What We’re Reading: March 22, 2014

This week, our editors are reading about best practices: how to feed the hungry, how to plant and (not) plow for profit, how to pick the right fish and how to talk about kale.

This week, our editors are reading about best practices: how to feed the hungry, how to plant and (not) plow for profit, how to pick the right fish and how to talk about kale. Dig in!

The Restaurant with No Cash Register: A New Experiment in Feeding the HungryPeople (above)
You could call Masbia a soup kitchen—but it sure doesn’t look like one. With three locations around the city and food straight from the city’s greenmarkets and CSA, it’s more like a restaurant. There just isn’t a cash register.

Carrington Morris: Un till: An Iowa farmer finds that less (plow) is more (profit)Grist
Grist writer Nathanael Johnson’s current series “Local Food, for Real” skips the debate on best food systems and heads straight to living examples of best practices. This week’s story shines a light on Iowa farmer David Ausberger, a conventional farmer who’s received national recognition for his conservation efforts: no-till, cover-cropping, nutrients-through-compost farming. The fact that Ausberger’s in the mainstream is just the point.  The idea behind the inspiring series: these are sustainable practices successfully being done now and ready for adoption.

Amy Zavatto: Sorting Out the Risks of FishNY Times
I love, love, love the Science and Business sections of the Times for food stories that go beyond what’s on the table to what’s happening with what we eat and drink from a more often than not sobering perspective, like this story on mercury in fish in last Tuesday’s paper. It’s a rock-and-a-hard-place piece about the important nutritional value in fish clashing with the high mercury content in many predator swimmers that we like to prey on ourselves, as well as a few other lesser-known surprises. Interesting but terrifying problem shown in a few small but scary studies: Mothers who ate fish while pregnant had, well… smart kids. But mothers who ate fish with high rates of mercury gave birth to children with learning and growth disabilities. The story pointed me to the Natural Resources Defense Council and their handy-dandy mercury cheat-sheet, which was really eye-opening (bluefish, one of my locally caught faves, apparently has a whole lot of mercury – damn). Better safe than saturated with the Periodic Table of Elements.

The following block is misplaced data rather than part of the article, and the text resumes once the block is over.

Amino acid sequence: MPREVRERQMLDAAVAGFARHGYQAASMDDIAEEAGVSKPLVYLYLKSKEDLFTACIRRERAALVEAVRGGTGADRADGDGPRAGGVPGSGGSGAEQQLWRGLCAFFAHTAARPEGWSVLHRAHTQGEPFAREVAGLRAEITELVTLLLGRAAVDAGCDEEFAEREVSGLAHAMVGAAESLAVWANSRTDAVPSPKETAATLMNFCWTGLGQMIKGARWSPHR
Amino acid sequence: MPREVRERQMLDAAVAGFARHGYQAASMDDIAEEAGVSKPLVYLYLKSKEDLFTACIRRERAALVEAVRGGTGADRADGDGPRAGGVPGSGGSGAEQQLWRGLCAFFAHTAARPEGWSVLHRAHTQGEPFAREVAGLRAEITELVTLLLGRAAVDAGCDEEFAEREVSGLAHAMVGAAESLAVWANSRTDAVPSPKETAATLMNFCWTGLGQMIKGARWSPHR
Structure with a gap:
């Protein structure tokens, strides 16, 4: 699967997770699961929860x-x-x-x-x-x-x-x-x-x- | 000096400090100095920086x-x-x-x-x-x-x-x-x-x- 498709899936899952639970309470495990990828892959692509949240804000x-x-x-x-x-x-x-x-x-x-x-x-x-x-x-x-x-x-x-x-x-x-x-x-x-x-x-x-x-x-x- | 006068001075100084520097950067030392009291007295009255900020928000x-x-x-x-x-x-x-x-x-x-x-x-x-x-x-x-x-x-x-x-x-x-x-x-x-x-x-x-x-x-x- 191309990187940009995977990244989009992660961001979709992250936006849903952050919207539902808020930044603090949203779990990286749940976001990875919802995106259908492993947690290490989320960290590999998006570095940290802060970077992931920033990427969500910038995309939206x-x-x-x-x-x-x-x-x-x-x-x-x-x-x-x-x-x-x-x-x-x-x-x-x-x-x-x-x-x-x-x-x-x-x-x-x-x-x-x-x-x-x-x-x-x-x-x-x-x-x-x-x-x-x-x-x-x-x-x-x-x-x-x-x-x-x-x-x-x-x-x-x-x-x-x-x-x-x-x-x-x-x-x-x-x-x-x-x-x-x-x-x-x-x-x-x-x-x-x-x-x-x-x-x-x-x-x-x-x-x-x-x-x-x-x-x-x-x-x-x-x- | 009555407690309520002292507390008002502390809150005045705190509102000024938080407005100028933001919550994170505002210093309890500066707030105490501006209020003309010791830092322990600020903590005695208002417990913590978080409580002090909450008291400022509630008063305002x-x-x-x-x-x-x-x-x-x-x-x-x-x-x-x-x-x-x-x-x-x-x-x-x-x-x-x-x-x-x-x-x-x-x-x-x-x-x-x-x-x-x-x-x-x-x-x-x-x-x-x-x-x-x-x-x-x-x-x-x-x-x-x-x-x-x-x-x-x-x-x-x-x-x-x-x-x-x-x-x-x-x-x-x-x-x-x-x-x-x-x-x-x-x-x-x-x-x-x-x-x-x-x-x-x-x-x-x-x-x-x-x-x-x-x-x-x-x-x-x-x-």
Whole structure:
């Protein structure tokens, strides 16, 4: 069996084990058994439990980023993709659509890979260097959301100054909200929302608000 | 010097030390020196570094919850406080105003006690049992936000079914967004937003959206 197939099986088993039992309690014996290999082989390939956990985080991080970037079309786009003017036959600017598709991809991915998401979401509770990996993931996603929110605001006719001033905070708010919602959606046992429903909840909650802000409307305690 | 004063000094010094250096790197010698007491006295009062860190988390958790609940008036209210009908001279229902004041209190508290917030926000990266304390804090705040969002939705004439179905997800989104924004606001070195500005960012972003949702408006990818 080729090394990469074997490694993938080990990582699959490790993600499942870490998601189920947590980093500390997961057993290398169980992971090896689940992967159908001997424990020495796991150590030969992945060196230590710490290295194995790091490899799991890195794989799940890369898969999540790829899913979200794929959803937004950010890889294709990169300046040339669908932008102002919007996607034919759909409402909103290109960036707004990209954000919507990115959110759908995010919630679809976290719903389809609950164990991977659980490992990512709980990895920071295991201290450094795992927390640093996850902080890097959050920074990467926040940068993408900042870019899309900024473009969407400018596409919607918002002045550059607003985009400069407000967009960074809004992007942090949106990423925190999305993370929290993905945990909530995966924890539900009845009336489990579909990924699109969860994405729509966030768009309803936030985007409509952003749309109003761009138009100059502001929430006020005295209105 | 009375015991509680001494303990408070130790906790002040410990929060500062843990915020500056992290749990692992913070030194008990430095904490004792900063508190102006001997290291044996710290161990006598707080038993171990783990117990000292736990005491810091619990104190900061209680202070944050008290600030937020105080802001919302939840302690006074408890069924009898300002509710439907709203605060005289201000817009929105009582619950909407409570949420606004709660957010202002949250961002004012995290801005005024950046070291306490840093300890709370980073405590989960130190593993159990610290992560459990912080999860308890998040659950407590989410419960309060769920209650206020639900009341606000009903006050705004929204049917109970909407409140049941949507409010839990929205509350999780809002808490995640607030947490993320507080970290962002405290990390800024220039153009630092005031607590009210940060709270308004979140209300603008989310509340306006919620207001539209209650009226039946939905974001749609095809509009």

Gabrielle Langholtz: After Derivatives, A Bet on Crispy SeaweedNY Times
I have so little interest in chips, I could probably die of starvation on a desert island piled high with them. But these new seaweed chips, which debuted in January, are something I could sink my teeth into, at least on road trips when all bets are off (or should I say, when the chips are down). Best of all, the company is helmed by a guy who used to sell credit-default swaps and subprime-mortgage derivatives for Bank of America Merrill Lynch. There’s hope, America.

Caroline Lange: Kale causes controversy in New Orleans — Al Jazeera America
“New Orleans is not cosmopolitan,” said an actress quoted in this New York Times Travel article about the city published a few weeks back. “There’s no kale here.” It’s this statement in particular that has native New Orleanians fired up. Perhaps the most amazing thing about kale is not that it’s taken farmers markets and farm-to-table menus by storm, but that people have such definitive opinions on it, a vegetable that certainly isn’t new to the market. What is it about kale, exactly, that has encouraged everyone to take a stance? Part of it, as the Al Jazeera article explains, is its connection to gentrification, and who is defining the city: “Residents were put in a bind defending the availability of kale, but not wanting to promote the idea that bringing more kale — “the leafy green of the gentry class,” as Tulane professor and frequent commentator on gentrification Richard Campanella calls it — is a good thing.”

 Feature photo: Flickr/Mervi Eskelinen
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